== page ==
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Songs We Love: Boulevards, 'Honesty'

Boulevards' self-titled EP is out Sept. 25.
Lauren Gesswein
Courtesy of the artist
Boulevards' self-titled EP is out Sept. 25.

/ Courtesy of the artist
Courtesy of the artist

How does an artist pay homage to roots he obviously cherishes without getting permanently entangled in them? It's a question many soul-music throwbacks struggle to answer. Some settle for permanent comfort amid the retro cushions, while others rage against and abandon the creative impulses that had previously guided them. Only a few recognize their musical strengths and desires, yet consciously subvert them from the get-go with... let's call it personality.

Boulevards is the solo project of Raleigh's Jamil Rashad, a vintage boogie stylist whose sonic footprint is no mere retread of his inspirations. Give Boulevards' self-released four-song EP only a cursory glance and listen, and you can easily pinpoint where Rashad is coming from: the keyboard- and synth-heavy flourishes of Minneapolis, Ohio and Philadelphia funk of the '70s and early '80s, some touches of electro from Reagan-era New York and L.A., a lot of uptempo, Quincy-era Michael Jackson. Yet, taken as a whole, it sounds nothing like any of these. Boulevards is too compressed, too busy, fully embracing 21st-century dance-floor hedonism, which seems like a central tenet of Rashad's character.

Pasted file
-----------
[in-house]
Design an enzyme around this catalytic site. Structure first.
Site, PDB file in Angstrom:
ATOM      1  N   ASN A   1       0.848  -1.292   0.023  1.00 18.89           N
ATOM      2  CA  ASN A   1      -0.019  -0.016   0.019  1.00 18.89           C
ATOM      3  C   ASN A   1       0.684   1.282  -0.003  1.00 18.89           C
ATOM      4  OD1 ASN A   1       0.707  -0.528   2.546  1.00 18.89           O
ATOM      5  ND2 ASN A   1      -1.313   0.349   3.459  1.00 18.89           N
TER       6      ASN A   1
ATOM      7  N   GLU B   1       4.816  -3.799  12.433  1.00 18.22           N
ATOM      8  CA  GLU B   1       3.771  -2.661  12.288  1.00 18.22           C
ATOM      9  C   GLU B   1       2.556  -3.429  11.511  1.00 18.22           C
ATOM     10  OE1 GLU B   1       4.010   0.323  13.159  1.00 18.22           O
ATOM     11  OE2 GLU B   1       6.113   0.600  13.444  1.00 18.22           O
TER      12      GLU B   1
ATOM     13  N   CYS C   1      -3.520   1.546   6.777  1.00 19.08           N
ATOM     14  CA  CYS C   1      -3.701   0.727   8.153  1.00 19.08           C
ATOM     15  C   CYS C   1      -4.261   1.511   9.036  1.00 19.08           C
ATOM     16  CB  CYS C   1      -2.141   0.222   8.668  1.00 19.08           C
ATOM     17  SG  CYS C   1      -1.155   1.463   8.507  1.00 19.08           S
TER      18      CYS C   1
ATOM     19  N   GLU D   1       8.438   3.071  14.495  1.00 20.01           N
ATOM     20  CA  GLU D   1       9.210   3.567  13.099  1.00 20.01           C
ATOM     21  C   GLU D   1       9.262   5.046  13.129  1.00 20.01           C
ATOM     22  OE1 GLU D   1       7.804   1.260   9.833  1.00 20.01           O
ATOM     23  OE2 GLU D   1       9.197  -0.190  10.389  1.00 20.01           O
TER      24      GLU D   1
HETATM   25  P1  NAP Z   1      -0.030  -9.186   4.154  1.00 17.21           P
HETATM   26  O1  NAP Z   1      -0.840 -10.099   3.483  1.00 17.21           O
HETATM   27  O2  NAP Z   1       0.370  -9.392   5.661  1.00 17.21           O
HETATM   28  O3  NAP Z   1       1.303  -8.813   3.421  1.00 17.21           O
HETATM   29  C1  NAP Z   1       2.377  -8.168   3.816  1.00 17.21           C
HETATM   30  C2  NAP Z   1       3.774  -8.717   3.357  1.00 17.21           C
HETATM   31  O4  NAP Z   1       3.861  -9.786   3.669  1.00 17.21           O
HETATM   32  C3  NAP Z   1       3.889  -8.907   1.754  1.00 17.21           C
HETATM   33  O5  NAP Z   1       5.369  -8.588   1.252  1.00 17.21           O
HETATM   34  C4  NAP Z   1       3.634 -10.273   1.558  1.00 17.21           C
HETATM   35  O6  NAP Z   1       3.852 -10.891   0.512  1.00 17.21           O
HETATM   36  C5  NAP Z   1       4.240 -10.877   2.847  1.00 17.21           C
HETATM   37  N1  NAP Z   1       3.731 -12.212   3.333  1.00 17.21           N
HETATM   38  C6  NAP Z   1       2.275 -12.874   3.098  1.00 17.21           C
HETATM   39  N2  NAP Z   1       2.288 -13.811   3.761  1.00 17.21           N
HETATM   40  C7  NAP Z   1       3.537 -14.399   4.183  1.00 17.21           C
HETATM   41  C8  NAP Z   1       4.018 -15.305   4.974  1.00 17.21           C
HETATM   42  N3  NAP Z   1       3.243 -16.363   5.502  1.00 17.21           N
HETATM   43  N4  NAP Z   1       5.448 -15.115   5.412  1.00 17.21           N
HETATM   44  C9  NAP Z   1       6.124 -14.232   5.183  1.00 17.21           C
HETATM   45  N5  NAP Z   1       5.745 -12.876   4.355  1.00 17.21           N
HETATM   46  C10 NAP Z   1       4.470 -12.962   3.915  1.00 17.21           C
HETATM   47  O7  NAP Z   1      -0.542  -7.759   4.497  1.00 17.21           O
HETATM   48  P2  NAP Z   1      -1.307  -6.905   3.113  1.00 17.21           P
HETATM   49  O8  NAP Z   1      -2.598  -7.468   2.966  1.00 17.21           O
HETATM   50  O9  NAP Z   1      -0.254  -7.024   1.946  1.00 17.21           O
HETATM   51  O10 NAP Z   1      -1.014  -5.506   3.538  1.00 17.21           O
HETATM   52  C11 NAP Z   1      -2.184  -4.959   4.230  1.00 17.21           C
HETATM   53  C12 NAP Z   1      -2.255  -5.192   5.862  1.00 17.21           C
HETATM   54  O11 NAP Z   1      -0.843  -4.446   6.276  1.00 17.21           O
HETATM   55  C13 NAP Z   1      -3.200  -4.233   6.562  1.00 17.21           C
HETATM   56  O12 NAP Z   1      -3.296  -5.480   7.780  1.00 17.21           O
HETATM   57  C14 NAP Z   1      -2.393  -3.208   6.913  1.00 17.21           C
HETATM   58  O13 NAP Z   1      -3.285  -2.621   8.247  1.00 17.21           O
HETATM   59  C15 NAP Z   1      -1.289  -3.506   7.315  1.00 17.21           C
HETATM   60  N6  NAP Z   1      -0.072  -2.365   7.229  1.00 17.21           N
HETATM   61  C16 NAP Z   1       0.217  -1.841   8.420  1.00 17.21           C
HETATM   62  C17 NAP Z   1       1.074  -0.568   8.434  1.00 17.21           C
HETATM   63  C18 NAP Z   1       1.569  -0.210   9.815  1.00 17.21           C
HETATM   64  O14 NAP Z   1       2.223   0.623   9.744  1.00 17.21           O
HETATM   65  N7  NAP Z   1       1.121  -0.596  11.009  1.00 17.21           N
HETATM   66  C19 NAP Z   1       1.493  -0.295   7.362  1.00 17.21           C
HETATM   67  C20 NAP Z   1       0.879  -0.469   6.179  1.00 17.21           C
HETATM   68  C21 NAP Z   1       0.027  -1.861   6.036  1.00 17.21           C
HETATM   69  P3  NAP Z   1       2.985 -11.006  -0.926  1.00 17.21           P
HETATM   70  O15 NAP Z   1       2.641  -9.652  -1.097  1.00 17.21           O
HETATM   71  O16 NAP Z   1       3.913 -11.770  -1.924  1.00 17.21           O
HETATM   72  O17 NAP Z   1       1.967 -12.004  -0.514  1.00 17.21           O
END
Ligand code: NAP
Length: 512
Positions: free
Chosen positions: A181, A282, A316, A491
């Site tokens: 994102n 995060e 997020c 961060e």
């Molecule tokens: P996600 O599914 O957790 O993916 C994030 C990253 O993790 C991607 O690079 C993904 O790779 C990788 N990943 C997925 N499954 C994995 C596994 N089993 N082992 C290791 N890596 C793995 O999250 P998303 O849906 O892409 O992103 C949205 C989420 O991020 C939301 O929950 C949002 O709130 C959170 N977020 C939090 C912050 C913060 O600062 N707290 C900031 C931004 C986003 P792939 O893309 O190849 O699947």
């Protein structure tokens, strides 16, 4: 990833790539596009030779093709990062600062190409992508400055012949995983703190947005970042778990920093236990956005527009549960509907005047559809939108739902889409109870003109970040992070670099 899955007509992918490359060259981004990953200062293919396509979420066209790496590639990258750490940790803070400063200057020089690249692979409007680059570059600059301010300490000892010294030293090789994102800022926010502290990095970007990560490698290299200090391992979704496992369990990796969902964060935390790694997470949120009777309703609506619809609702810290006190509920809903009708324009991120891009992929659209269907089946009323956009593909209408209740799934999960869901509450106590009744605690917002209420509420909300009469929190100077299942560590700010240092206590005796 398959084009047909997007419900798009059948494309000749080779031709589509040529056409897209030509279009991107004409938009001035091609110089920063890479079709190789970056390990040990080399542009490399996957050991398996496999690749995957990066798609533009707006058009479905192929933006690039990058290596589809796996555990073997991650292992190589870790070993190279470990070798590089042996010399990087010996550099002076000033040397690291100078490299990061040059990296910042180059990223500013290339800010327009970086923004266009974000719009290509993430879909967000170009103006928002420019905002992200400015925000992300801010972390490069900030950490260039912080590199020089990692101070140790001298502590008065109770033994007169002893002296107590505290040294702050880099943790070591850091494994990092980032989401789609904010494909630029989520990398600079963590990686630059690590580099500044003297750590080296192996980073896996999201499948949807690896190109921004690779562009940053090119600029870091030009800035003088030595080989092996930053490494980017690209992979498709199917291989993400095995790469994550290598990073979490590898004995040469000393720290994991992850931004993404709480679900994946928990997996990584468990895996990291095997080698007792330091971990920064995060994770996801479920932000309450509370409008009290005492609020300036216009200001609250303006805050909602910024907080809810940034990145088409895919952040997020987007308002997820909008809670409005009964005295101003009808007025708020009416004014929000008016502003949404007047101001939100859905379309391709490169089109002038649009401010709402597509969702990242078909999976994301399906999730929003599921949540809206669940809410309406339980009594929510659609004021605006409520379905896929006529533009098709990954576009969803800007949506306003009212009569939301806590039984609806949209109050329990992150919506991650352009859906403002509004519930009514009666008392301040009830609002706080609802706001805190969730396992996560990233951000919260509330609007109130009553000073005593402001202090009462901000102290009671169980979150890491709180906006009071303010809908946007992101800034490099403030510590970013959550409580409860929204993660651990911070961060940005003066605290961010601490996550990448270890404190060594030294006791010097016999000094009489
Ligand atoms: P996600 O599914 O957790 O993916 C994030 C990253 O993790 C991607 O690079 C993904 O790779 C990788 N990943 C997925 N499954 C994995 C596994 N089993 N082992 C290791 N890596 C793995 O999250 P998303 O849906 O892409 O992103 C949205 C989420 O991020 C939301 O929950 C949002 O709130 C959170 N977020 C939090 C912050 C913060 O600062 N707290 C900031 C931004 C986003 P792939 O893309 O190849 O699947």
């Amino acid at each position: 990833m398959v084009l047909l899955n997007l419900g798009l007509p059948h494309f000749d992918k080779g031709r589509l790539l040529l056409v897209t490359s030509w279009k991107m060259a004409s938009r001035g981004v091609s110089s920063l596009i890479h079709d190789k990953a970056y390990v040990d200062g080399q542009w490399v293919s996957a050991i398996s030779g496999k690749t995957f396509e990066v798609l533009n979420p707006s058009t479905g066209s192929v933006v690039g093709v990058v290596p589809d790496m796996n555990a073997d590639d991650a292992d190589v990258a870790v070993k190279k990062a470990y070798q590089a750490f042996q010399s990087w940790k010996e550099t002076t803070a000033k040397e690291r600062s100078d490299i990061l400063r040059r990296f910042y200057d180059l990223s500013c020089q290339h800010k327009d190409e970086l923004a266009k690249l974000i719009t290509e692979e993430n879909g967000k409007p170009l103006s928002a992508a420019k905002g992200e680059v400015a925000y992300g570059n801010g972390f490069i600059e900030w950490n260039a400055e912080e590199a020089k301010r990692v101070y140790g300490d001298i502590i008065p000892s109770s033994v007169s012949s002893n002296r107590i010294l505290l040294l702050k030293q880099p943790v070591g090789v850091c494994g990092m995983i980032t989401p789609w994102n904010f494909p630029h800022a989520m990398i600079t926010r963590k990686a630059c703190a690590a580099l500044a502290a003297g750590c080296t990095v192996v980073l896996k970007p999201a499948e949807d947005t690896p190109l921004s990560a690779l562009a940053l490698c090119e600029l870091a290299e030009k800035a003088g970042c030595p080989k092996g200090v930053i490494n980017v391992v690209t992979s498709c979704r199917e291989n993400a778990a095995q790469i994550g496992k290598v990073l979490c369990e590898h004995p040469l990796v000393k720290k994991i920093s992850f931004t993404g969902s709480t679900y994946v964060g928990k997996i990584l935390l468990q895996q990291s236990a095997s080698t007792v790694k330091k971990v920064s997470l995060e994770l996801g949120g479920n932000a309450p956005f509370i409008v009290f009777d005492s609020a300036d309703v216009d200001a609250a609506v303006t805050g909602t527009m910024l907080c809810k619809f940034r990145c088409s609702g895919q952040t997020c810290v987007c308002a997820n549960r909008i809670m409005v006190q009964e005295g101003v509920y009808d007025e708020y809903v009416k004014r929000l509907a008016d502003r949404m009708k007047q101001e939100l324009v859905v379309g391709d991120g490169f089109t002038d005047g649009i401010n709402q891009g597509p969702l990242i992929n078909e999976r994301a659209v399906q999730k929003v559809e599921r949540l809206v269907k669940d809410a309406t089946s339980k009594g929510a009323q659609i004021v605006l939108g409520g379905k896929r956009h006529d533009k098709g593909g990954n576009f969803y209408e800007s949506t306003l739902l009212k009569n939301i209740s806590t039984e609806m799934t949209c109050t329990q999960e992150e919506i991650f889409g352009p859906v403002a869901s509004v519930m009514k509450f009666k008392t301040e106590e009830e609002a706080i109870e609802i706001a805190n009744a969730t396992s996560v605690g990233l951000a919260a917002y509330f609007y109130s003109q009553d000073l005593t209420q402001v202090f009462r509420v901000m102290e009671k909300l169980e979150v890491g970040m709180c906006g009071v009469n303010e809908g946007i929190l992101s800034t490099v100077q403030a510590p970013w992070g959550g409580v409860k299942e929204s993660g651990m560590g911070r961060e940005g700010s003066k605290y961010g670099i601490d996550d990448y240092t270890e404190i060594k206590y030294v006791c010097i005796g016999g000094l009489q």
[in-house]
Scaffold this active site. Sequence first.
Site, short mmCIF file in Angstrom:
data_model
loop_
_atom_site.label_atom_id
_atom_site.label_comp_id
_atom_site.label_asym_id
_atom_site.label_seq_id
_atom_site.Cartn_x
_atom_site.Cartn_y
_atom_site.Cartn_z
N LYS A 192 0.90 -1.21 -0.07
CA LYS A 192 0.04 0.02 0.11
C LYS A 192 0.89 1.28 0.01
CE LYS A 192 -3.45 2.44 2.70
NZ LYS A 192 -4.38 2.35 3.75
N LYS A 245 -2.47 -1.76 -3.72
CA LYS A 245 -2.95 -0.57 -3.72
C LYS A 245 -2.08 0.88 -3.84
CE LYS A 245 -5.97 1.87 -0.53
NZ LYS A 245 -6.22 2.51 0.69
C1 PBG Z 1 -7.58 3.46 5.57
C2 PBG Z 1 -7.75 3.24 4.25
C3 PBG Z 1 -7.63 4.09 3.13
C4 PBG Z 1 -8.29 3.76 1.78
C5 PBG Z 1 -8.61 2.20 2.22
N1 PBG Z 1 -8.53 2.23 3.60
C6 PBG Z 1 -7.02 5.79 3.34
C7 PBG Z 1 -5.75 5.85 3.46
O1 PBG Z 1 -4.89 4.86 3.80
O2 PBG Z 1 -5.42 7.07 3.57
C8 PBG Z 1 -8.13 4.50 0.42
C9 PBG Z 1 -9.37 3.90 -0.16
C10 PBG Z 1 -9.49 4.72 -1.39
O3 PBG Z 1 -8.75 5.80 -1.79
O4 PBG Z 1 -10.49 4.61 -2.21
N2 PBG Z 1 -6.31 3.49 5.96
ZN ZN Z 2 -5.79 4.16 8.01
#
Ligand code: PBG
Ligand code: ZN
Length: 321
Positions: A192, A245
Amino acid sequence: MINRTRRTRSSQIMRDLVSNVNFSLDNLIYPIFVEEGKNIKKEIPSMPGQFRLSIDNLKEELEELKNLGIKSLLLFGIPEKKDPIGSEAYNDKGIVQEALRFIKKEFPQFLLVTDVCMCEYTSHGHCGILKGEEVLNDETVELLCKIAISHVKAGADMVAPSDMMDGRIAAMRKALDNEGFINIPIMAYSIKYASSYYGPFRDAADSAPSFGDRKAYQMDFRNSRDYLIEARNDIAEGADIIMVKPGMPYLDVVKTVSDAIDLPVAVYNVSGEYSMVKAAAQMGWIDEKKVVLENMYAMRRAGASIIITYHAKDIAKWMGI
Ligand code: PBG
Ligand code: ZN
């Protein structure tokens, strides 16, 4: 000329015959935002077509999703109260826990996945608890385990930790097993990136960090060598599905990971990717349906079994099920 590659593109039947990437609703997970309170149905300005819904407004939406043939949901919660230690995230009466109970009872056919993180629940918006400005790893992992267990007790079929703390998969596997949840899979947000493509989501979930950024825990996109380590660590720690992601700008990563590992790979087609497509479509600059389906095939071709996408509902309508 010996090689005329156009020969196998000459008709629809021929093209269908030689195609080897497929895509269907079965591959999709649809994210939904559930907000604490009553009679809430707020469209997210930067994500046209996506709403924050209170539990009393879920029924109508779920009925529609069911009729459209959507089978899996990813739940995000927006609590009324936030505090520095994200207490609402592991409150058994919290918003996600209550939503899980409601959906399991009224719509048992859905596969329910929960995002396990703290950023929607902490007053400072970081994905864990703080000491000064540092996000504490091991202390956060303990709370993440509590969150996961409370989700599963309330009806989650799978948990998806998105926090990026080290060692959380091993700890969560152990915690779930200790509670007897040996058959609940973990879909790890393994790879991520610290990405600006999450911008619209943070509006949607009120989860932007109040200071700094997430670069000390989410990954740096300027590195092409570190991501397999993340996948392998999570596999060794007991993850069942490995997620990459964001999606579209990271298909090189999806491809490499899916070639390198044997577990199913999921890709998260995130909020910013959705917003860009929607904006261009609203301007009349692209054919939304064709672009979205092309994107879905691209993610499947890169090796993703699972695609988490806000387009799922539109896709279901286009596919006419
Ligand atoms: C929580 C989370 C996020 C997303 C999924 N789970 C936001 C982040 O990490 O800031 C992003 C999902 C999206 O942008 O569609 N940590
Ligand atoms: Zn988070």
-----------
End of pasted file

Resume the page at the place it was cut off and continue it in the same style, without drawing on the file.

"Honesty," the EP's closing track, fits perfectly into this equation. Produced by Isaac Gálvez, the song is a lyrical celebration of the empty kiss and the kiss-off, but with words that seem to exist strictly as textures and layers to serve the beats. The rhythms are taut and pulverizing: "Honesty" sounds like a kitchen-sink production of a Daft Punk song, with groove ideas from multiple eras competing for a tiny amount of hard-drive space, and battling to a draw. At just 3:06, it's almost a punk track, speeding from one classic musical climax to another. What could be more modern than that?

The Boulevards EP is out on Sept. 25 on Bandcamp.

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